Gary Neville: Footballers must get their heads around the idea of playing behind closed doors
Written by News on 27/04/2020
Gary Neville has warned footballers to “get their heads around” the idea of playing behind closed doors, warning that football is unlikely to return to action with fans inside stadiums for many months.
Fresh reports surfaced on Monday that plans to resume sport are gathering pace. According to The Times, ‘Project Restart’ has been devised in order to help lift the mood of the nation and football could played as early as June 8 at “approved, neutral venues”.
But with fans all but certain to be barred from attending, football’s look and feel will be very different after its resumption.
“It’s going to be strange,” Neville said on The Football Show. “It’s an awful experience when you are used to playing in front of big crowds. The Premier League lives off its stadium experience, the adrenaline gets pumping for the players and the fans get behind it.
“But we are going to be playing behind closed doors for months and months – probably into next year. We have to get our heads around that.
“That’s something we can’t get away from, the behind closed doors element. There is no way fans are going to be in stadiums in the next three, four, five, six months, in my opinion. I don’t think players have any choice but to get their heads around it.
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“It will feel very strange, from a broadcasting, playing and watching point of view. We’ve all watched matches that have been behind closed doors, they’re not great, but I think at this moment in time they’d be expected in the circumstances we are in.”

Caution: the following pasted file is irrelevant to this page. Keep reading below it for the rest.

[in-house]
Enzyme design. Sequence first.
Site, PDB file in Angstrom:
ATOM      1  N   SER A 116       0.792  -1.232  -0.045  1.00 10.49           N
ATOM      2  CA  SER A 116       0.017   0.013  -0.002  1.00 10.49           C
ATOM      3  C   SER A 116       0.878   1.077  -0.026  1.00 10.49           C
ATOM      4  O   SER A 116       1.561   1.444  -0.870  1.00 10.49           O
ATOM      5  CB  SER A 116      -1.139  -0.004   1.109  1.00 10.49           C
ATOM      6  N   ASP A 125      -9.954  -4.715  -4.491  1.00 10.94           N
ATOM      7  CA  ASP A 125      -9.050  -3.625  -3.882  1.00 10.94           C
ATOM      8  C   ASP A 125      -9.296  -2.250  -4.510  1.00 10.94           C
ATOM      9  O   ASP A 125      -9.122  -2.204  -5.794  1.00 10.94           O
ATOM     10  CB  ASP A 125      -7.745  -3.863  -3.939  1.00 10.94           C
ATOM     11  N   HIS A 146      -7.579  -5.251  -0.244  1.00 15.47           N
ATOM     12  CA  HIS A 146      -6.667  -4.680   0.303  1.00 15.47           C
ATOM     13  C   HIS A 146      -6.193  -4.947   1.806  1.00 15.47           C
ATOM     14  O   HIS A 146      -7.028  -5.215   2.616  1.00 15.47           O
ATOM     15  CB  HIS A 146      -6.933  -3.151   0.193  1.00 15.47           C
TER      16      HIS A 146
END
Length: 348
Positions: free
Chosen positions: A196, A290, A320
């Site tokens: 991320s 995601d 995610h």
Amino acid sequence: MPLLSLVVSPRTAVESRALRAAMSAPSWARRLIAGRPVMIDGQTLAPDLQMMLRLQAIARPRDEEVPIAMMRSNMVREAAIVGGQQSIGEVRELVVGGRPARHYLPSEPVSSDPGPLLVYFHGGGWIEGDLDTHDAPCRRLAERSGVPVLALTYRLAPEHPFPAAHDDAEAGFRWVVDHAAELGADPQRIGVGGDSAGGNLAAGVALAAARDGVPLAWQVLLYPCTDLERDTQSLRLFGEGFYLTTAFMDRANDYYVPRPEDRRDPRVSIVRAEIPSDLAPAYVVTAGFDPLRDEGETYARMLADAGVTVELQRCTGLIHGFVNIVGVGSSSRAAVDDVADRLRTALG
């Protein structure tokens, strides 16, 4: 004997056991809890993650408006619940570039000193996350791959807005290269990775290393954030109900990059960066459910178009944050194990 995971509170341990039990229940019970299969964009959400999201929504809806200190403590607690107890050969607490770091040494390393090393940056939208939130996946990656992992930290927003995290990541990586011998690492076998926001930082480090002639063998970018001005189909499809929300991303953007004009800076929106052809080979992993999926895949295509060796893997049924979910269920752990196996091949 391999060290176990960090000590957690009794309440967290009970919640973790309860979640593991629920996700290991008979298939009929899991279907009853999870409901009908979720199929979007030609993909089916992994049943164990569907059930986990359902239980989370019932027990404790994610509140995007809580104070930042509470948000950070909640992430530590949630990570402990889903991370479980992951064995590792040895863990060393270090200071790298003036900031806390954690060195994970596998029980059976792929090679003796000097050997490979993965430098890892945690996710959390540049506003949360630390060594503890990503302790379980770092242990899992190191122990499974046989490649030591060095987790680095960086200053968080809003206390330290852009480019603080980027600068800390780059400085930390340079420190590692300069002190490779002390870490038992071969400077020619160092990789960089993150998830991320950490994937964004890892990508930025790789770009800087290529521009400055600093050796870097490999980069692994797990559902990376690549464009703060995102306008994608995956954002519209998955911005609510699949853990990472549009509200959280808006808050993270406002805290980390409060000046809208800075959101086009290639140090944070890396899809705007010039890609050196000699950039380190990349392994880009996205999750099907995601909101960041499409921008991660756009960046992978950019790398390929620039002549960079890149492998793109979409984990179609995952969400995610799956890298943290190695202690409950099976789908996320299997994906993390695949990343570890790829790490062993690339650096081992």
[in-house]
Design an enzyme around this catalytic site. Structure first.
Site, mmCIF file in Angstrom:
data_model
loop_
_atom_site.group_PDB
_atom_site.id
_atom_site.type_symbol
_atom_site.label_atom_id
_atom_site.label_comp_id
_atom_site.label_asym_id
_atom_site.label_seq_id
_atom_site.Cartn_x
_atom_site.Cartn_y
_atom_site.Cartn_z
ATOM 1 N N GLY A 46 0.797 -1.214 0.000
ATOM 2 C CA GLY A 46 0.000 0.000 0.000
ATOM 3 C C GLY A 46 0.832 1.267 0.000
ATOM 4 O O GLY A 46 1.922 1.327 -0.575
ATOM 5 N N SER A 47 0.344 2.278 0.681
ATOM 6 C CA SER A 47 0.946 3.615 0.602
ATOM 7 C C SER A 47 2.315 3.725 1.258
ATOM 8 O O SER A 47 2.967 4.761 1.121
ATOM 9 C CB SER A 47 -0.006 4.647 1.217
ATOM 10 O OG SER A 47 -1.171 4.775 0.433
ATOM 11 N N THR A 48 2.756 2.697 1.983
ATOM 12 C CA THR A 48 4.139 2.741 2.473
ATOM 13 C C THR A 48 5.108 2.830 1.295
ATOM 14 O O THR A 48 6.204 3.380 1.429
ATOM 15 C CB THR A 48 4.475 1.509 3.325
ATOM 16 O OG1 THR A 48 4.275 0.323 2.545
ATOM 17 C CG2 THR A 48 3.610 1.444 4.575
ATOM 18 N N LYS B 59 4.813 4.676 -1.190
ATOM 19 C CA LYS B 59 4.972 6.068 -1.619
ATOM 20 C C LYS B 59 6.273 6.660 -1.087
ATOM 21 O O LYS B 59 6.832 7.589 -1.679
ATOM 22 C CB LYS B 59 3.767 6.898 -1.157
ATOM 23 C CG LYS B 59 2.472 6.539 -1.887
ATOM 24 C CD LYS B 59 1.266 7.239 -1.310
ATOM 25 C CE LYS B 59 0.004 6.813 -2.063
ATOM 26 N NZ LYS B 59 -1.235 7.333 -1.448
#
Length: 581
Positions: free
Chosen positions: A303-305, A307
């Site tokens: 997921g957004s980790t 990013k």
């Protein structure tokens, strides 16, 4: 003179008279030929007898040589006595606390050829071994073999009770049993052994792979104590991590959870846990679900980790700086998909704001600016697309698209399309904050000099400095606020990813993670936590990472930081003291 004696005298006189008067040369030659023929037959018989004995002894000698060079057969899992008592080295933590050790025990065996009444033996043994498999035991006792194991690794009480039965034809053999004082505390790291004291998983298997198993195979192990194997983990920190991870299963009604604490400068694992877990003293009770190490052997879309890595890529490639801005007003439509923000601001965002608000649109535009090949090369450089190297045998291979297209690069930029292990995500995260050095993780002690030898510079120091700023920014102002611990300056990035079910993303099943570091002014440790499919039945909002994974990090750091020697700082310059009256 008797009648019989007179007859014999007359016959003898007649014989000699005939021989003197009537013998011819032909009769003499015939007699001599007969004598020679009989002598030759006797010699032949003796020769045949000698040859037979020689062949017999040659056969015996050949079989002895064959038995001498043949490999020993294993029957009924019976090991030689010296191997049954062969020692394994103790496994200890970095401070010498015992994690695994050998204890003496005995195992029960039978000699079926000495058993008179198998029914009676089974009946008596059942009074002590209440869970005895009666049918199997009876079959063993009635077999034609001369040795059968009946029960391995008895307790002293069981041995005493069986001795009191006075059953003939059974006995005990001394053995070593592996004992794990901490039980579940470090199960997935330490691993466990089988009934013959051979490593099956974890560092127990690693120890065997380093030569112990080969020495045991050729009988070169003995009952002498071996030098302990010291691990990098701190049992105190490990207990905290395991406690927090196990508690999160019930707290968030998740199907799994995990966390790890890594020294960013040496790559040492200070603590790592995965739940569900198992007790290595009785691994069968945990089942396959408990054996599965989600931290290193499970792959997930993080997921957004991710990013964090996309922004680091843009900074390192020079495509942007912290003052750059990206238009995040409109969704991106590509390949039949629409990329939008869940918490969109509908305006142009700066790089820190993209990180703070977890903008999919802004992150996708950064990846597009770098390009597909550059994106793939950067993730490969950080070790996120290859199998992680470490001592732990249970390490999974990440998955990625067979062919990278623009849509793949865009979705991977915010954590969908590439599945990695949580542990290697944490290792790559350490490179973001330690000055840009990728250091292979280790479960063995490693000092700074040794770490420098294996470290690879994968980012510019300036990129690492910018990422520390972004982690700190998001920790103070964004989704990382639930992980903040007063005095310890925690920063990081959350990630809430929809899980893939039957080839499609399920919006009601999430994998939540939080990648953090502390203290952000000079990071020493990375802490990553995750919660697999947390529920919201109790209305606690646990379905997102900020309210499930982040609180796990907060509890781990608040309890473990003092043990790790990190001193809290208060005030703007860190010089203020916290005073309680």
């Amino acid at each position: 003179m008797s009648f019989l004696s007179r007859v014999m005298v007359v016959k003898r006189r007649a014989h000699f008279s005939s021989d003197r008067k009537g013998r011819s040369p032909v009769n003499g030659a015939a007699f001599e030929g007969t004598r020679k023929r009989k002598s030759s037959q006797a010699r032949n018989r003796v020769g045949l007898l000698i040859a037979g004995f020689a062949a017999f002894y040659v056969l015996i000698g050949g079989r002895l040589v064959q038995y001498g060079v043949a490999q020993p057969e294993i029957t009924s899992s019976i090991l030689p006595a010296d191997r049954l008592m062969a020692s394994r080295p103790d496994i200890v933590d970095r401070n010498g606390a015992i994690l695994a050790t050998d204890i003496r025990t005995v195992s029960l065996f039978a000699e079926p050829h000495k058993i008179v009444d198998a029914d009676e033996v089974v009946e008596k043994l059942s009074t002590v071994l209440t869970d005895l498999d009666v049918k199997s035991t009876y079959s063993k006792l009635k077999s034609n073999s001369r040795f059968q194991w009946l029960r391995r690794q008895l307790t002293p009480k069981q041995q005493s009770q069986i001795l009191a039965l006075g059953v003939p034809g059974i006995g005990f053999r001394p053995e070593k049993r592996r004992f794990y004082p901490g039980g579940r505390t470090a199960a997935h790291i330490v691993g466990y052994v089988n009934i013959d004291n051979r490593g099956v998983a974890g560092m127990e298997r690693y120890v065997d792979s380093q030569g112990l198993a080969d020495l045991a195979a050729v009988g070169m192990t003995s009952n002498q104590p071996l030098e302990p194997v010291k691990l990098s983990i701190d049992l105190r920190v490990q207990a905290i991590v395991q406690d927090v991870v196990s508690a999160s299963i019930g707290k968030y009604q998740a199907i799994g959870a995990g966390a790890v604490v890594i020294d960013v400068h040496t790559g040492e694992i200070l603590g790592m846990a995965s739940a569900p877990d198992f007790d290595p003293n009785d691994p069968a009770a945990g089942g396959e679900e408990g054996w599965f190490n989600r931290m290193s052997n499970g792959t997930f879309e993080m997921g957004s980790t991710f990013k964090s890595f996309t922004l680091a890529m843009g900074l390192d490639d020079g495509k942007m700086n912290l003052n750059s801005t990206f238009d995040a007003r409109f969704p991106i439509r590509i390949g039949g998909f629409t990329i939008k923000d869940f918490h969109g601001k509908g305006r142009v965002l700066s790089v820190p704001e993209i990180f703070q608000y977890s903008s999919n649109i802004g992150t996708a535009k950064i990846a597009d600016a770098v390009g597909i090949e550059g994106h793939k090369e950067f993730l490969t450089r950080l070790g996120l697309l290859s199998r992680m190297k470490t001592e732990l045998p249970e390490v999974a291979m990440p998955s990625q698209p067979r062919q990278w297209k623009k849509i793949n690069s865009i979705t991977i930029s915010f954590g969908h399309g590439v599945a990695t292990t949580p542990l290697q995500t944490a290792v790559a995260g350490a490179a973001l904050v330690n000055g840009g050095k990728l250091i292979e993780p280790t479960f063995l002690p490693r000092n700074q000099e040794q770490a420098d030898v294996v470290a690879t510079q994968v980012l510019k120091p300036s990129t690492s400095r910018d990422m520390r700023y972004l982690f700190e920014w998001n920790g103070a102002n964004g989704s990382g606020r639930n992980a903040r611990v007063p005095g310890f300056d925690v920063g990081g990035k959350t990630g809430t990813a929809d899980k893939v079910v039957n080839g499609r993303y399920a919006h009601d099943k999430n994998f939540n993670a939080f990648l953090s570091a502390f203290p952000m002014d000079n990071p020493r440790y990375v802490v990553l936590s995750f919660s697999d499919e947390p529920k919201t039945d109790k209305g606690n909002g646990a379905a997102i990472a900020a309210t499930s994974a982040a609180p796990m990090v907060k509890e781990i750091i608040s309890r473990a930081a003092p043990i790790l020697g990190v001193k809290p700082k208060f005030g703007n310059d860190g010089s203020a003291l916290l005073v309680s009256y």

The impact on players of playing top-flight football inside empty stadiums was also considered by Jamie Redknapp on The Football Show.
“Players are going to find playing again really difficult because there has been so much negativity. Families are going to be scared. The message to the players is going to be careful and you don’t want to go out on a football pitch feeling that way.
“Every piece of the jigsaw has to come together. Everybody is missing live sport. But it has to be done in the right environment and it has to be safe.
“It’s going to be weird for people, and players even, because you’ve not had that close contact for some time. Going into tackles, being in close quarters for people, is going to be unusual for people.”
Could some play better with no fans?
Redknapp also believes some players could thrive from having no pressure from fans in a stadium, and some clubs as a whole may also benefit…
“What you will find is a lot of players might enjoy the feeling of not having fans. Some players – we call them five-a-side players – who are brilliant in training Monday to Friday, but as soon as they get in front of a crowd it stifles them, they might give the ball away more.
“Some players might like a bit of freedom, a release, and even some clubs to an extent, where things aren’t going well, where 35,000 people screaming at them puts them under pressure.
“It might help some players, bizarrely. It’s going to be very interesting to see how that impacts some players.”
Sky Sports’ Gerard Brand:
‘The answer, as you’d expect, varies.
‘Some reports suggest a Premier League game needs anything between 250 and 500 personnel present, whereas lower down in the Football League there has been suggestions that anything between 100 and 180 are needed in a stadium.
‘As well as around 60-70 staff on the playing and officiating side, matchday and safety staff take up a large chunk, as well as at least 70 broadcast media for live televised games, 40 for non-live games, plus written press if deemed essential.
‘In Germany, detailed guidelines have been published claiming a maximum of 322 people are needed in and around stadiums for a football match to go ahead.’